Jersey Shore Real Estate Debacle

Hat Tip to the Jersey Shore Bubble Blog for the link:

From the Philidelphia Inquirer:

Forecast turns bit cloudier
By Alletta Emeno and Alan J. Heavens

Without a doubt, the Jersey Shore real estate market has had a fantastic run for the last eight years. Up and down the coastline, from the top of Ocean County to the tip of Cape May, construction boomed, sales exploded and prices skyrocketed.

An Inquirer analysis of 27,709 home sales last year in Atlantic, Cape May and Ocean Counties showed that about 1,000 houses sold for $1 million or more.

And five towns – Stone Harbor and Avalon in Cape May County and Bay Head, Harvey Cedars and Mantoloking in Ocean County – had median home prices of $1 million or more, the analysis showed. (The median is the middle value; half the houses sold for more, half sold for less. In any town, a drop in median price does not mean prices fell for all houses there.)

But this picture of sunny times is turning partly cloudy, observers of the Shore market say, as higher interest rates are beginning to dampen sales, and condo construction, mostly involving investors, adds to a growing surplus of properties.

“Whenever interest rates rise, the second-home market is the first one to take the hit,” said Fred Glick, president of US Loans Mortgage L.L.C. in Philadelphia.

“It’s the condo and lower end of the Shore market that’s taking a hit,” said Paul Leiser, a broker at Avalon Real Estate. “These are the buyers who depend on lower interest rates to balance two mortgages, and with rising interest rates, they can’t do it.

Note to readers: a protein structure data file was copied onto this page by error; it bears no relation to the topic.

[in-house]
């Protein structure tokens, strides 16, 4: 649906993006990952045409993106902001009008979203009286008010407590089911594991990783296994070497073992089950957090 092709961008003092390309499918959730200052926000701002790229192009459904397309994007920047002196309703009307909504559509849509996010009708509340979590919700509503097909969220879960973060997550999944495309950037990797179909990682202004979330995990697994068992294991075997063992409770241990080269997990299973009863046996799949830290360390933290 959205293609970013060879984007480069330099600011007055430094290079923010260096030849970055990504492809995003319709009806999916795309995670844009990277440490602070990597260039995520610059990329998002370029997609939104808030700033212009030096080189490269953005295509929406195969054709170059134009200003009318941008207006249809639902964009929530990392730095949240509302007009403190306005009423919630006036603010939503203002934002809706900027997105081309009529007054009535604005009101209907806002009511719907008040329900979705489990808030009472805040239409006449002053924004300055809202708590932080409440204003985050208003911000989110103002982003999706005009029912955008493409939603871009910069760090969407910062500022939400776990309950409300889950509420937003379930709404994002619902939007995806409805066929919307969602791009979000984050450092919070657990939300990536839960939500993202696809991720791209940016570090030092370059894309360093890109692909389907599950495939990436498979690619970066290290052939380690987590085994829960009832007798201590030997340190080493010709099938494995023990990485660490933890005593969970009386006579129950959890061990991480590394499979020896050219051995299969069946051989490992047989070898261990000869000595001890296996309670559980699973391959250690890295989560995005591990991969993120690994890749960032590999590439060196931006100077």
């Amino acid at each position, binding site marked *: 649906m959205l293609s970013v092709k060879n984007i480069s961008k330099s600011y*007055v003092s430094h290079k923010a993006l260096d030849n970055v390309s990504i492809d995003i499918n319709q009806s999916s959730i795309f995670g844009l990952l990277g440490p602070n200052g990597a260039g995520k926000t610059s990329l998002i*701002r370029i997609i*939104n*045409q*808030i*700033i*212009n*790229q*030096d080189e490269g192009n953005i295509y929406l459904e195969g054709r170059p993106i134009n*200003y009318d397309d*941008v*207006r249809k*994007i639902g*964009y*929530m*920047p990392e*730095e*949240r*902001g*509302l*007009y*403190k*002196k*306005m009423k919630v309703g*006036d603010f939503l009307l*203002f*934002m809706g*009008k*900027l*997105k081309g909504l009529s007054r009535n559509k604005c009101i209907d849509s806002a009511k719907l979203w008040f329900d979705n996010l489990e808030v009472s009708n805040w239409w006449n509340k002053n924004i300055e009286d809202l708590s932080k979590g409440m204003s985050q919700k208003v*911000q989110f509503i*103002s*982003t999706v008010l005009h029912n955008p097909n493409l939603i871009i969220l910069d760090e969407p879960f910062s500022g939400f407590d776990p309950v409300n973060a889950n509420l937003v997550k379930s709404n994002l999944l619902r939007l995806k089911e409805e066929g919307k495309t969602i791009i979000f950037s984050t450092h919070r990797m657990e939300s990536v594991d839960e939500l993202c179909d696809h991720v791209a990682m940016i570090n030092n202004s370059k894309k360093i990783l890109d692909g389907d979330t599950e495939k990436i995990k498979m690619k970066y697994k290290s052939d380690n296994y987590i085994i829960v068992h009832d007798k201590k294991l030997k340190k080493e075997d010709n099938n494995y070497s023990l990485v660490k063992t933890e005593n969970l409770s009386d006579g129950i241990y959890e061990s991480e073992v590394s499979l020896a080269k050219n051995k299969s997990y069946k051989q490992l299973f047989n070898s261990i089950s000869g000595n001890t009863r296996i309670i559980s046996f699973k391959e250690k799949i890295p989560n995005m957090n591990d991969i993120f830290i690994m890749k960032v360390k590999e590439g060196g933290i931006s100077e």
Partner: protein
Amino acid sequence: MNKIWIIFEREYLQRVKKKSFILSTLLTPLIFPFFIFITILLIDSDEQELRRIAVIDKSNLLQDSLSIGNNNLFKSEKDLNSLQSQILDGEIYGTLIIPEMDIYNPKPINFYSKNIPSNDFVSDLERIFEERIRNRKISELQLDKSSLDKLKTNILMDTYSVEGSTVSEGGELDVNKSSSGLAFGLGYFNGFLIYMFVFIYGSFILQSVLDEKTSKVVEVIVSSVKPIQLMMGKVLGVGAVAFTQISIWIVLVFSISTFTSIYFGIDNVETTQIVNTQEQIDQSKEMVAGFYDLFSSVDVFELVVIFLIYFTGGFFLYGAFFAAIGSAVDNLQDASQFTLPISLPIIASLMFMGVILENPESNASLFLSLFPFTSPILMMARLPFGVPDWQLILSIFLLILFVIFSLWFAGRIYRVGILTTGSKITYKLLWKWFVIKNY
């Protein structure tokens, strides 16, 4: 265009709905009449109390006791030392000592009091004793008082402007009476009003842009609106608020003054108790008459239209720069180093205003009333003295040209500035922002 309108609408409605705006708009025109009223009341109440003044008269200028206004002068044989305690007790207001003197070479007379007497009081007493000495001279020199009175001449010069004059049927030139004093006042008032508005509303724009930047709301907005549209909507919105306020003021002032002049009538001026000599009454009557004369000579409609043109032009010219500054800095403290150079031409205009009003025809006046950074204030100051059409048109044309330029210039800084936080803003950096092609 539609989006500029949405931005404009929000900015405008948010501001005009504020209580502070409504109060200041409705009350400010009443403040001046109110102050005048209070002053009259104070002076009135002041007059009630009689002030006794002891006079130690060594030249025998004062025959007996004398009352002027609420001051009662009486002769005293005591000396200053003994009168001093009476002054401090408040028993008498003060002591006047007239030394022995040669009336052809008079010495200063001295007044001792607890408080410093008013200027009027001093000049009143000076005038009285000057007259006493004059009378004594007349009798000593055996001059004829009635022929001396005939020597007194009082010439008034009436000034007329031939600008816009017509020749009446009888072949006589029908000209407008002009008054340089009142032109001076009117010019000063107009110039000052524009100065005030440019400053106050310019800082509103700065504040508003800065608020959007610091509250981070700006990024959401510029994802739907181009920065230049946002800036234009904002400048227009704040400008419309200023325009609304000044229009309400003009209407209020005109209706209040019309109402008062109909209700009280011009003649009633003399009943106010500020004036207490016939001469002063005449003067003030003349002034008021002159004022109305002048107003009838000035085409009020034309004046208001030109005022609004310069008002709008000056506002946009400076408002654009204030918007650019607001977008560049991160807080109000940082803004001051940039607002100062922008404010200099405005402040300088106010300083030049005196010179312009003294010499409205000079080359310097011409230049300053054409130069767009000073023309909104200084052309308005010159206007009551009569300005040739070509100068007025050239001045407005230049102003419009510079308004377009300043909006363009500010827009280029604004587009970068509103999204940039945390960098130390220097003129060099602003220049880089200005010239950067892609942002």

Jay Lamont, the host of “All About Real Estate” on WPEN-AM (950), who has studied and owned real estate in Ocean City for about 40 years, said, “I have never seen anything even close to this debacle. Many legitimate and qualified buyers are waiting for fall, for the lender REO [real-estate-owned] listings and foreclosure sales on failed developer loans.”

Weekly sales reported to the Ocean City MLS are 80 percent to 90 percent lower than they were in spring 2005, with seven or eight sales a week, he said.

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6 Responses to Jersey Shore Real Estate Debacle

  1. Anonymous says:

    what happens if we have
    a storm??

  2. Anonymous says:

    Look who is talking about “conflict of interest” LOL

    NAR link

    Realtors® Ask FDIC To Keep Home Depot Out of Banking

    WASHINGTON (June 6, 2006) – The acquisition of a federally insured bank by Home Depot could create potential conflicts of interest, pose risk to the nation’s financial system and discourage competition in financial services, the president of the National Association of Realtors® and presidents of all 54 state and territorial Realtor® associations told the Federal Insurance Deposit Corporation today.

  3. NAR EHS report for May,

    Existing-Home Sales Ease In May

    WASHINGTON (June 27, 2006) – Sales of existing homes experienced a minor decline in May with home prices rising near normal rates, according to the National Association of Realtors®.

    Total existing-home sales – including single-family, townhomes, condominiums and co-ops – eased 1.2 percent to a seasonally adjusted annual rate1 of 6.67 million units in May from a pace of 6.75 million in April, and were 6.6 percent below the 7.14 million-unit level in May

    David Lereah, NAR’s chief economist, said conditions are mixed around the country. “There’s now a clear pattern of slower home-sales activity in many higher cost markets, which are more sensitive to rises in interest rates, and higher home sales in moderately priced areas which have experienced job growth,” he said. “Although mortgage interest rates remain historically low, the uptrend in interest rates this year is affecting those buyers who are at the margins of affordability.”